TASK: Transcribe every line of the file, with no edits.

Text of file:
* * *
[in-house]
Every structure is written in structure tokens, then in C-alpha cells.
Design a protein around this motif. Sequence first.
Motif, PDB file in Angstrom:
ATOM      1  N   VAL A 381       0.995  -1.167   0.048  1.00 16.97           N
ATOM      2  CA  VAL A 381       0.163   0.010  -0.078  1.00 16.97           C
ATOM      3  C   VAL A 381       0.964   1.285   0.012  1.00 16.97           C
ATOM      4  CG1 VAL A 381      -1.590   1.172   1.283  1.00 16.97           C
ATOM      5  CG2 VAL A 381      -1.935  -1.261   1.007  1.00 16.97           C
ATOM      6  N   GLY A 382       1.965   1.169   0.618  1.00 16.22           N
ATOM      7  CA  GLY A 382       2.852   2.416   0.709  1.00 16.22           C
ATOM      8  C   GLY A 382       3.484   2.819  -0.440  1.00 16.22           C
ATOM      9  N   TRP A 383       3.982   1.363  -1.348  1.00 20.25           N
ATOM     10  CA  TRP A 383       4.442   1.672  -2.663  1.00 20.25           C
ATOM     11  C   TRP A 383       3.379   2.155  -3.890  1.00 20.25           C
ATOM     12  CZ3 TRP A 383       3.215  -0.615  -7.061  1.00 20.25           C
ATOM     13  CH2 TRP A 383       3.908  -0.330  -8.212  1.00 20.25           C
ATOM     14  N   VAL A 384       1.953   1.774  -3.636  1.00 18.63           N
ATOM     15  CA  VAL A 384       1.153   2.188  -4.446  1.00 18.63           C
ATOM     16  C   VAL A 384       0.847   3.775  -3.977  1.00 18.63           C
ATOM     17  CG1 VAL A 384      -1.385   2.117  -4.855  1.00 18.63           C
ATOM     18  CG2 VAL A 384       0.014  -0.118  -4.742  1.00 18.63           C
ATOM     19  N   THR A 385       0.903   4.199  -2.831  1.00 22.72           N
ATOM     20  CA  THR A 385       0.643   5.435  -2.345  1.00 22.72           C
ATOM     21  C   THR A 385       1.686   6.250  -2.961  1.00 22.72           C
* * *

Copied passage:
[in-house]
Every structure is written in structure tokens, then in C-alpha cells.
Design a protein around this motif. Sequence first.
Motif, PDB file in Angstrom:
ATOM      1  N   VAL A 381       0.995  -1.167   0.048  1.00 16.97           N
ATOM      2  CA  VAL A 381       0.163   0.010  -0.078  1.00 16.97           C
ATOM      3  C   VAL A 381       0.964   1.285   0.012  1.00 16.97           C
ATOM      4  CG1 VAL A 381      -1.590   1.172   1.283  1.00 16.97           C
ATOM      5  CG2 VAL A 381      -1.935  -1.261   1.007  1.00 16.97           C
ATOM      6  N   GLY A 382       1.965   1.169   0.618  1.00 16.22           N
ATOM      7  CA  GLY A 382       2.852   2.416   0.709  1.00 16.22           C
ATOM      8  C   GLY A 382       3.484   2.819  -0.440  1.00 16.22           C
ATOM      9  N   TRP A 383       3.982   1.363  -1.348  1.00 20.25           N
ATOM     10  CA  TRP A 383       4.442   1.672  -2.663  1.00 20.25           C
ATOM     11  C   TRP A 383       3.379   2.155  -3.890  1.00 20.25           C
ATOM     12  CZ3 TRP A 383       3.215  -0.615  -7.061  1.00 20.25           C
ATOM     13  CH2 TRP A 383       3.908  -0.330  -8.212  1.00 20.25           C
ATOM     14  N   VAL A 384       1.953   1.774  -3.636  1.00 18.63           N
ATOM     15  CA  VAL A 384       1.153   2.188  -4.446  1.00 18.63           C
ATOM     16  C   VAL A 384       0.847   3.775  -3.977  1.00 18.63           C
ATOM     17  CG1 VAL A 384      -1.385   2.117  -4.855  1.00 18.63           C
ATOM     18  CG2 VAL A 384       0.014  -0.118  -4.742  1.00 18.63           C
ATOM     19  N   THR A 385       0.903   4.199  -2.831  1.00 22.72           N
ATOM     20  CA  THR A 385       0.643   5.435  -2.345  1.00 22.72           C
ATOM     21  C   THR A 385       1.686   6.250  -2.961  1.00 22.72           C